With family roots dating back to the Mission days, when California was still “Alta California” under the Spanish crown, the Merrill Family is rightfully appreciative of their heritage on the Central Coast.
Eight generations ago Spain granted large parcels of California land to its citizens for the cultivation of crops and the raising of livestock. This included the Merrills’ ancestors, whose rancho was established in the Santa Ynez Valley of Santa Barbara County. Since the Merrill family came to the Golden State, California has been property of three different nations – Spain, Mexico and America.
Forward approximately two hundred and fifty years to find the family behind Pomar Junction Vineyard & Winery in the Paso Robles AVA, where wine holds a special place at the table, paired with their heirloom recipes. These regionally rooted recipes express the cultural and ethnic influences through the generations.
Pomar Junction owner Dana Merrill remembers eating his mother Elenita Merrill’s albondigas soup as a child growing up in the Santa Ynez Valley, especially when he wasn’t feeling well. “We ate sopa de albondigas much the same way other families use chicken noodle soup – as comfort food.” The savory broth created from meatballs of fresh-ground beef, mint and garlic simmering for an hour speaks to the simplicity and frugality of early Californian cookery. “The recipe comes from a time when farmers and their families knew the value of each and every ingredient,” Merrill said. “Nothing went to waste.”
“Our estate wines are made to be food-friendly,” said General Manager and eight-generation Central Coast farmer Matt Merrill. “Like the dishes and wines of the Old World, the meals that we’ve eaten since childhood blend seamlessly with Pomar Junction Wines because they were born out of the same place and family experience.”
These days, the Merrill’s ninth generation is represented by three-year-old Ethan Merrill, who loves the historic sopa de albondigas just as those who have gone before him. He can often be found slurping delicious meatballs at the table while the rest of the family enjoys the soup with Pomar Junction’s 2010 Brooster Red Blend.
Elenita Merrill’s Sopa de Albondigas
- 2 lbs. ground round
- 1 egg
- 1 tsp salt
- 3 family-size cans tomato sauce (or equivalent of homemade tomato sauce)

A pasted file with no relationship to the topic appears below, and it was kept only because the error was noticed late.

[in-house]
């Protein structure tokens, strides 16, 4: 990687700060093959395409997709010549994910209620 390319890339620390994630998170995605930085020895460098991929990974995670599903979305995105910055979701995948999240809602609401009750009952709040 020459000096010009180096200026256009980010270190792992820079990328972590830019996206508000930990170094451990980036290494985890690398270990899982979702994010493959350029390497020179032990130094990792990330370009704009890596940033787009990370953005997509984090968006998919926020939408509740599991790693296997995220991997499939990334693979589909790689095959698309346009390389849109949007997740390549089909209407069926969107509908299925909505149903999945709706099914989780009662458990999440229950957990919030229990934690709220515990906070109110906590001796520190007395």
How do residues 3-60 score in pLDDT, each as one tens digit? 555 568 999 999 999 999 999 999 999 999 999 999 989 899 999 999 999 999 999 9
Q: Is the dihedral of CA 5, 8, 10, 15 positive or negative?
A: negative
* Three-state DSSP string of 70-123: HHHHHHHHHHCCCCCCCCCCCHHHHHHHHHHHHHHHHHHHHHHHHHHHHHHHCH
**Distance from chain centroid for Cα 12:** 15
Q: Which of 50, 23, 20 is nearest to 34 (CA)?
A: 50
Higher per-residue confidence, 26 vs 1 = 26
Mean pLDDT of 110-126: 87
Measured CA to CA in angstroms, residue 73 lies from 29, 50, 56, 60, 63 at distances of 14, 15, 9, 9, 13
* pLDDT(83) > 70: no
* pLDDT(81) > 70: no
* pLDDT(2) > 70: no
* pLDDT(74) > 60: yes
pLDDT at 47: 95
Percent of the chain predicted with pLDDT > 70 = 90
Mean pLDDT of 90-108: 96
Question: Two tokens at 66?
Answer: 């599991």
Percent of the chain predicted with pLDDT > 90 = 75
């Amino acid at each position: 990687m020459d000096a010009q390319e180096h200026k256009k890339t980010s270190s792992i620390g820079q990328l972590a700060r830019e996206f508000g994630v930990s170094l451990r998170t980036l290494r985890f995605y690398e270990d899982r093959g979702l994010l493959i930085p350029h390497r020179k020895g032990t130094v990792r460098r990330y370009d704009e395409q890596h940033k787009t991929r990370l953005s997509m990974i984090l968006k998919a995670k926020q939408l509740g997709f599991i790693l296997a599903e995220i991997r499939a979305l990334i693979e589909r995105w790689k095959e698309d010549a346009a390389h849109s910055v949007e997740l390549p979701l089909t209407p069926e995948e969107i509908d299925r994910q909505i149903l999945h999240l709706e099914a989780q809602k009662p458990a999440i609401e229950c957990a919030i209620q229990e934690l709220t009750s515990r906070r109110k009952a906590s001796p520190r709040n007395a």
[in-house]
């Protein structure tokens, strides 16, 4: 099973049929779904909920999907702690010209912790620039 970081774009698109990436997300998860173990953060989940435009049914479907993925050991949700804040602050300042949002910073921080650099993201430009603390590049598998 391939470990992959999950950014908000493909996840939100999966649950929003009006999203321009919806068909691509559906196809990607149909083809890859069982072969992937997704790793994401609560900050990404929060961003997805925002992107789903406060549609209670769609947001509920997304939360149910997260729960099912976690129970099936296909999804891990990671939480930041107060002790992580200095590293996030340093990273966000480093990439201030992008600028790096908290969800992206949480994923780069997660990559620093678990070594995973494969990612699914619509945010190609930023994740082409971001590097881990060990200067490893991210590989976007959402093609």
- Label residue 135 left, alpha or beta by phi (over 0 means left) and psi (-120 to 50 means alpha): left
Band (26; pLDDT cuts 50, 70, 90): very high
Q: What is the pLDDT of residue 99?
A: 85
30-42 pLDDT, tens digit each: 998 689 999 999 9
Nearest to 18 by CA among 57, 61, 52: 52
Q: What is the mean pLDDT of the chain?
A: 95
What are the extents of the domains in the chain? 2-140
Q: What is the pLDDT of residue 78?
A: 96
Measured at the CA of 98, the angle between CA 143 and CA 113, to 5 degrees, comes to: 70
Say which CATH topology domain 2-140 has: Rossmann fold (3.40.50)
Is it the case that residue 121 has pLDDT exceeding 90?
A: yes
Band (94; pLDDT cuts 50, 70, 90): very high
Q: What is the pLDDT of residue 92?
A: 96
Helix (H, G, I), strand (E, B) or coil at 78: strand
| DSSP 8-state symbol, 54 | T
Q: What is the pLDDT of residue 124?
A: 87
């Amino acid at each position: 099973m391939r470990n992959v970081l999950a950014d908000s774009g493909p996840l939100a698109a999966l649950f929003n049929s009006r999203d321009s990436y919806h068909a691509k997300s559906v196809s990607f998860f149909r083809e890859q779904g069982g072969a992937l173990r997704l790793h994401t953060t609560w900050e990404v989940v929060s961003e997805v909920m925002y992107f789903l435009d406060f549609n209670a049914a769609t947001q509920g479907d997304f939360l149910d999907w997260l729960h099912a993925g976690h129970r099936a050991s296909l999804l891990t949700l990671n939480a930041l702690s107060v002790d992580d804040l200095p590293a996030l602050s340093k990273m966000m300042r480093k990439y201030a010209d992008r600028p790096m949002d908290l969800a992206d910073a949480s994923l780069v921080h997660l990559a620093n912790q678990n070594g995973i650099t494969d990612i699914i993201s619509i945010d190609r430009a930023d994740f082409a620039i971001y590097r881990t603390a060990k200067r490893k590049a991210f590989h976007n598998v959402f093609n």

- 4 cloves of garlic, chopped fine
- 4-5 sprigs of mint
- 4-5 qts. water (approx.)
- 4 tsp salt, or to taste
- In a six-quart kettle combine tomato sauce and water to make 5 qts liquid. Add garlic, mint and salt and bring to a rolling boil.
- While liquid is heating, mix ground round, egg and 1 tsp of salt very well. With hands, fashion meat mixture into small balls. Add to boiling liquid. Turn down heat to medium, being sure that liquid continues to boil or meatballs will disintegrate. Cook 45 minutes before serving. Two or three tablespoons of rice may be added if desired.
Dana and his brother Kevin Merrill (who works for the family’s sister company, Mesa Vineyard Management) have fond memories of devouring steaming bowls of split pea soup at a popular eatery in the Santa Ynez Valley. Their mother, Elenita, took it upon herself to recreate the dish at home, and it quickly became a family favorite. “I remember Mom would make blueberry muffins to go along with this soup,” said Kevin. “Great on a cold winter day, either for lunch or dinner.” Pairs well with Pomar Junction’s 2010 Viognier
Merrill Family Split Pea Soup
- 4c. split peas (1 lrg. Pkg.)
- 4 qts. Water
- 4-6 carrots, sliced thin
- 4-6 celery stalks & leaves, cut small
- 1 1/2 lrg. onions, sliced thin
- 2 lrg cloves of garlic cut fine
- 4 tsp. salt
- ½ tsp pepper
- 2 bay leaves
Simmer approximately 45 minutes adding small amounts of butter to keep from boiling over.
Put through sieve. Stir well. Reheat, adding small amount of water if too thick.